Because let’s not beat about the bush: the Exodus is as fictional as Jesus is. At the present time, the most plausible scenario, based on archeological evidence, is that around 1,200 BCE, in the approximate geographical area referred to as “Palestine” or “Israel,” a bunch of hill tribes banded together under the name “Israelites” and ethnically cleansed the confederated lowland tribes (known as “Canaanites”), and then tried to justify their genocidal behavior by cooking up some story about divine fiat and assistance. That’s Abraham through Joshua right there.

      Of course, having attributed the success of their genocidal land grab to Yahweh being the most powerful entity in the universe, they then had to come up with explanations why they got their collective ass handed to them by subsequent opponents who were better organized and/or more vicious than the Canaanites. Thus came about the stories that begin with “the Israelites having become naughty in the sight of the Lord, the Lord did deliver them unto their enemies.”

  • Mark

    I recommend Soren Kierkegaard’s treatment of the topic of Abraham’s actions in his book Fear and Trembling.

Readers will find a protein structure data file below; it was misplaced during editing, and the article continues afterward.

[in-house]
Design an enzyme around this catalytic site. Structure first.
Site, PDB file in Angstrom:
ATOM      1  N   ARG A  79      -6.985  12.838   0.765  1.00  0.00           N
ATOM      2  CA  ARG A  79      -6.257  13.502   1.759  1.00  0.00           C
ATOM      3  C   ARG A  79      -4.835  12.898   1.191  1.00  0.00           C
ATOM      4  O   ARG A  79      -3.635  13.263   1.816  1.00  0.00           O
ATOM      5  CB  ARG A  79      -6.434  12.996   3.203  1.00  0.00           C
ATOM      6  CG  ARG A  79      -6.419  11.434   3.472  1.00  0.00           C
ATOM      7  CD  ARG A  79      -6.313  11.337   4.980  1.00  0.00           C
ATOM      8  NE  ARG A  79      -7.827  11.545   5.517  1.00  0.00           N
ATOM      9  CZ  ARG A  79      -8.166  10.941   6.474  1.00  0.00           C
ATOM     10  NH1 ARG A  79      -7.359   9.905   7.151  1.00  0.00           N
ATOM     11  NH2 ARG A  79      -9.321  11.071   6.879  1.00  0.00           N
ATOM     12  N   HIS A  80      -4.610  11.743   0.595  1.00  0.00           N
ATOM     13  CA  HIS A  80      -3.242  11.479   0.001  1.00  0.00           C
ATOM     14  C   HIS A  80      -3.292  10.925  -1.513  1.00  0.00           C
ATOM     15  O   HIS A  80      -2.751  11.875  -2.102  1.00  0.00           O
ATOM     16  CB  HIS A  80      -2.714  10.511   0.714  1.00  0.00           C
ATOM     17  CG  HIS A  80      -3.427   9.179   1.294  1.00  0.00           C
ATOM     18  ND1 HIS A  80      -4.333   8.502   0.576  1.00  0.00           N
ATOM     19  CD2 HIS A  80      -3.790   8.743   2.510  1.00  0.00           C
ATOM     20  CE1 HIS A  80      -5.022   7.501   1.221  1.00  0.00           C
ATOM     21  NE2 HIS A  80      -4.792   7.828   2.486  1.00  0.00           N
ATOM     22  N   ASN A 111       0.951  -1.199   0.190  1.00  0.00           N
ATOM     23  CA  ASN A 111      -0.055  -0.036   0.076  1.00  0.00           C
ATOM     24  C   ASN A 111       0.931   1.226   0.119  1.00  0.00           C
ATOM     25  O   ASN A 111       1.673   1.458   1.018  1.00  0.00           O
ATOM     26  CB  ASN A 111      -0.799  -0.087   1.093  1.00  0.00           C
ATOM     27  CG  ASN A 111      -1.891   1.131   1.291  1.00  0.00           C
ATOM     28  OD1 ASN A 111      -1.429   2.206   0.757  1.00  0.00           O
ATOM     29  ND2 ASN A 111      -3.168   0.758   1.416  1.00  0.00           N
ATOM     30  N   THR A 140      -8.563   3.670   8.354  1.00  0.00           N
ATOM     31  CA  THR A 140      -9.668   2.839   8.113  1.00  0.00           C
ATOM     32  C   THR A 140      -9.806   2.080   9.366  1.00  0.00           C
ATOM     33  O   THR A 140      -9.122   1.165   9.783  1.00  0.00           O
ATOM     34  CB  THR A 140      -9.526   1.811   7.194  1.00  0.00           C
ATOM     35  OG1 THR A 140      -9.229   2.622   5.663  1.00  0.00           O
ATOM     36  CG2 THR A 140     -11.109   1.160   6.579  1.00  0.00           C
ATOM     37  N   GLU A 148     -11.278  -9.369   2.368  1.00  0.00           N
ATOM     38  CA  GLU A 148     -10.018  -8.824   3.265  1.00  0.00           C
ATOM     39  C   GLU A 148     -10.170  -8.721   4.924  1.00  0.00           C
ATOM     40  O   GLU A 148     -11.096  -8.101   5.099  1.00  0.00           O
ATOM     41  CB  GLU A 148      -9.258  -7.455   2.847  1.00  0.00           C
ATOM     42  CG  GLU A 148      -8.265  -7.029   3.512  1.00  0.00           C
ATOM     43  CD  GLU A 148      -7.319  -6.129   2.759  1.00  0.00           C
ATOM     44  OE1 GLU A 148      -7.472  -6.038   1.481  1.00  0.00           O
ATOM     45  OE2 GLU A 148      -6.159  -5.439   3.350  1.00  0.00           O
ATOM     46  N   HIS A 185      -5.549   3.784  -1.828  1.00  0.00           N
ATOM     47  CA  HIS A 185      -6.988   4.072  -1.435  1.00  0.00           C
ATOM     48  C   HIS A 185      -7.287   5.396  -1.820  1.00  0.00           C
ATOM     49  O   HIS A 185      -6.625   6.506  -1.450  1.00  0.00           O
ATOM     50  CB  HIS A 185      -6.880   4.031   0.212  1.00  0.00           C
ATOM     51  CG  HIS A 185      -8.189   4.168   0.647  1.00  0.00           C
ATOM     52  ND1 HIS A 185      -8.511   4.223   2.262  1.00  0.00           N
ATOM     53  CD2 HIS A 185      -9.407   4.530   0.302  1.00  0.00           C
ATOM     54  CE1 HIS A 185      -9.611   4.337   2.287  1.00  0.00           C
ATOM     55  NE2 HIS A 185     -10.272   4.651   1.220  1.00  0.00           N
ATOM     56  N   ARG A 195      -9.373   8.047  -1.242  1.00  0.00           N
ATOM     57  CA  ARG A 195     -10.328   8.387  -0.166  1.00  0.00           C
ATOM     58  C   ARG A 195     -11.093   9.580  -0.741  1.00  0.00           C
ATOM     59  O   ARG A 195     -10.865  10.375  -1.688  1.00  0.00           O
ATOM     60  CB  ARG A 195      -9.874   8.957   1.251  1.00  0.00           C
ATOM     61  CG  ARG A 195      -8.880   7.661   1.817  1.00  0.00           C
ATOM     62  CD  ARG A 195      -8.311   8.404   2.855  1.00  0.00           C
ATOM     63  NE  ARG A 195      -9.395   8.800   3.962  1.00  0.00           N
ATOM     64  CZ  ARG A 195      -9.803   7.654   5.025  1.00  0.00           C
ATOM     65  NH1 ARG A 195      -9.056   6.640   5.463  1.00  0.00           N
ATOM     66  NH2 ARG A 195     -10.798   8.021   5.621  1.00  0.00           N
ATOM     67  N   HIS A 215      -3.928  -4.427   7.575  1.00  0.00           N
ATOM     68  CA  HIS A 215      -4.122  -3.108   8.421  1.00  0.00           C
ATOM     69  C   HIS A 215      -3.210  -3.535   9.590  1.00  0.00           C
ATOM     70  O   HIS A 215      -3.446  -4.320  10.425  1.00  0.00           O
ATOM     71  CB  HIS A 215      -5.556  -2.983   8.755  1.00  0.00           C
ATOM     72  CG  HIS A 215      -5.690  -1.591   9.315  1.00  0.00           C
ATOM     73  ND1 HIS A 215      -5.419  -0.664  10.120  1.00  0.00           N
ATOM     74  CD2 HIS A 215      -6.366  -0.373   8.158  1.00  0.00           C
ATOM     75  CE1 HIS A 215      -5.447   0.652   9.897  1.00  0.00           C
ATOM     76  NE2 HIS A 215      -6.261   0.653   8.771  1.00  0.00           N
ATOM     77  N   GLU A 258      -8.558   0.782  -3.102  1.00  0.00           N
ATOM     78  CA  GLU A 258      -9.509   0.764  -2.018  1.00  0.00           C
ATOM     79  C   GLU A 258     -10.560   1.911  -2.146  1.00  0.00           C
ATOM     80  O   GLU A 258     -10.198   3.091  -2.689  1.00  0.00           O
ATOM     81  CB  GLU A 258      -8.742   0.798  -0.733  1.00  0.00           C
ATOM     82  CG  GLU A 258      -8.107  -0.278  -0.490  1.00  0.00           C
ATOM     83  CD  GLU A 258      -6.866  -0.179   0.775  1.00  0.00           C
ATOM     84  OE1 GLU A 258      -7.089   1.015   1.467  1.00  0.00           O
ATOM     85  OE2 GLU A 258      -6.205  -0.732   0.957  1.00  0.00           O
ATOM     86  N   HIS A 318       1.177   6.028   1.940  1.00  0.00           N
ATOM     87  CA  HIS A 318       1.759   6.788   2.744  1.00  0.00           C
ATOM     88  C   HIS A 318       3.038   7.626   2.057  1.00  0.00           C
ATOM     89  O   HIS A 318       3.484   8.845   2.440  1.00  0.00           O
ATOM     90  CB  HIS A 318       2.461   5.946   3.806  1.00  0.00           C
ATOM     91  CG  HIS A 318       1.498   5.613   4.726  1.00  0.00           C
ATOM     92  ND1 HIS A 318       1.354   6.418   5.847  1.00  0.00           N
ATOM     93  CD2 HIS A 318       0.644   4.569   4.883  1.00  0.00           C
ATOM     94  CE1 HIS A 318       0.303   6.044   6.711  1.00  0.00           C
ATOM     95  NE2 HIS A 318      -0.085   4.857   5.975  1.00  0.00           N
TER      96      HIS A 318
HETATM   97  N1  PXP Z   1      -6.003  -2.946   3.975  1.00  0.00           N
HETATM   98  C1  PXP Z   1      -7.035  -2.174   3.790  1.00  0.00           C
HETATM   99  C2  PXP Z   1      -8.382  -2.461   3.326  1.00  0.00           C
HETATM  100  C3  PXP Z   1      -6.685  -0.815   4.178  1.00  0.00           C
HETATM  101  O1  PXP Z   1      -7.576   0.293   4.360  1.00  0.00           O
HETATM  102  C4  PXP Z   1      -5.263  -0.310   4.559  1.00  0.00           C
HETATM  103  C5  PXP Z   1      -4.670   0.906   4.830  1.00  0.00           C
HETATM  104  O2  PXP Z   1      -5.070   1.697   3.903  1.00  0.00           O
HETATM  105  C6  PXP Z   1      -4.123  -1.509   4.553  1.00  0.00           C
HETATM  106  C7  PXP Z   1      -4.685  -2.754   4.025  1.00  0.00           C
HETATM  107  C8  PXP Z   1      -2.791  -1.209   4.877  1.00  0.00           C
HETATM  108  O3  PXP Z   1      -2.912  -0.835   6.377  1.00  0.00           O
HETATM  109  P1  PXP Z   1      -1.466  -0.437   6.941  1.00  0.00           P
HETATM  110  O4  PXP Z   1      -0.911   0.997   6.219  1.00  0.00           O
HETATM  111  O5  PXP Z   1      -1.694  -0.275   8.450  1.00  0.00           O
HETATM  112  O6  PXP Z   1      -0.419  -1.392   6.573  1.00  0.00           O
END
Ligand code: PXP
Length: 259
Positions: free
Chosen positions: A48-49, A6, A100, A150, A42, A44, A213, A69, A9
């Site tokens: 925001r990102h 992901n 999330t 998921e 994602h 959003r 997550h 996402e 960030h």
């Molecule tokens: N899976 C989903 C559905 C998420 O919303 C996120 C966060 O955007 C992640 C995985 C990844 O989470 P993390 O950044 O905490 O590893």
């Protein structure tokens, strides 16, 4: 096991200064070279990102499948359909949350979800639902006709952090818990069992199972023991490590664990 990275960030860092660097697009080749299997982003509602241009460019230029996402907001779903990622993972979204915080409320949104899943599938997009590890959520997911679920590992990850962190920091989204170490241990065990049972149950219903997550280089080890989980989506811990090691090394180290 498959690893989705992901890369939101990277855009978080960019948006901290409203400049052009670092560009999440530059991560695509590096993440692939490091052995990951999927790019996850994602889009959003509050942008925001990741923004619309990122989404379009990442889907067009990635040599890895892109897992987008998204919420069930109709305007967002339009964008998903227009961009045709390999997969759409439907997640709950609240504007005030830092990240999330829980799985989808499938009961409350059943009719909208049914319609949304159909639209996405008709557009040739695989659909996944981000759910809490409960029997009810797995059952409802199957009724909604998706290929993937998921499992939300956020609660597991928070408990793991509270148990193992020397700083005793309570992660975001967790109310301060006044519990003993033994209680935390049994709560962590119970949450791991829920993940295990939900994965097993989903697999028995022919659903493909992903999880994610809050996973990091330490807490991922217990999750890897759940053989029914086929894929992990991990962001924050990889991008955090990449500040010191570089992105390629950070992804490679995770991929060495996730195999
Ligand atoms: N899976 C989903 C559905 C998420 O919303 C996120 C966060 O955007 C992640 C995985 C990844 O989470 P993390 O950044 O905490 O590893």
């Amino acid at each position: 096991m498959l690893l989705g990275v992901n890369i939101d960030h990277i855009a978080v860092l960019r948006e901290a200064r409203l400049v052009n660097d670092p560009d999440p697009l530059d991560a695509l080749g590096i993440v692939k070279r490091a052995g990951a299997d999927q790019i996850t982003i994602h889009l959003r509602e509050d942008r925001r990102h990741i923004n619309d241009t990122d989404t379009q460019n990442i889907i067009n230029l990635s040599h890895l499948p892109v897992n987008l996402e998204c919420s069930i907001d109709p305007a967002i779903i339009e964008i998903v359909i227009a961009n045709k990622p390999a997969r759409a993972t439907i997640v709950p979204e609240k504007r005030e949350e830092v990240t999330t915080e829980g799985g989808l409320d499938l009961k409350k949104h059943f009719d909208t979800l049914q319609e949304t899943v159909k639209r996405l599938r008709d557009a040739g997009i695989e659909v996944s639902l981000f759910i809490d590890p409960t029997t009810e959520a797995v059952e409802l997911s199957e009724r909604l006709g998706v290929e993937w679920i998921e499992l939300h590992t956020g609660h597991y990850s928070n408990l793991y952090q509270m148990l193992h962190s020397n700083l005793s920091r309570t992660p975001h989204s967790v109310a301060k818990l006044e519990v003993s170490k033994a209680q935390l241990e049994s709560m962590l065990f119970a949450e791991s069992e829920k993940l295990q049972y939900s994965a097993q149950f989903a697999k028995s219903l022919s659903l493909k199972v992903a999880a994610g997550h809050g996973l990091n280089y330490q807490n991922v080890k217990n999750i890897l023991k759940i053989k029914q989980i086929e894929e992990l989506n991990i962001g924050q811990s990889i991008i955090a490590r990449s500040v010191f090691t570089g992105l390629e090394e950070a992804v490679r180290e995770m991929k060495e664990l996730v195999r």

• http://realistfantasies.xanga.com Janee

    I actually have a question about this.
    Is it immoral for the person to commit the act, but not immoral for God to ask it of them?
    People consider murder immoral and bad and wrong, so is it still wrong if he does it, because he’s human, and not wrong or immoral for God to request it because God can do no wrong?
    Good and bad/evil are different concepts because we’re human, and we don’t become less human because we think God asked us to do something.

  • Sastra

    Not only is God “good” in a way that human beings cannot understand, God is also pink — but “pink” in a sense that is unfamiliar to us. Trying to use the secular humanist understanding of “colors” and “pink-ness” on God is futile, because God’s way of being pink is infinitely greater and different than anything we can imagine. It may look orange; it may look blue; it may be an immaterial entity which logically could not interact with light diffusion in any way. We have no right or ability to judge.

    This approach just opens itself to the reductio ad absurdum.

    Now consider the atheist. We are the ones saying Abraham failed the test. We’re the ones saying that if a being, no matter how wise or powerful, instructed us to murder our children, we would say “Go to hell. I would rather die myself than kill my son.”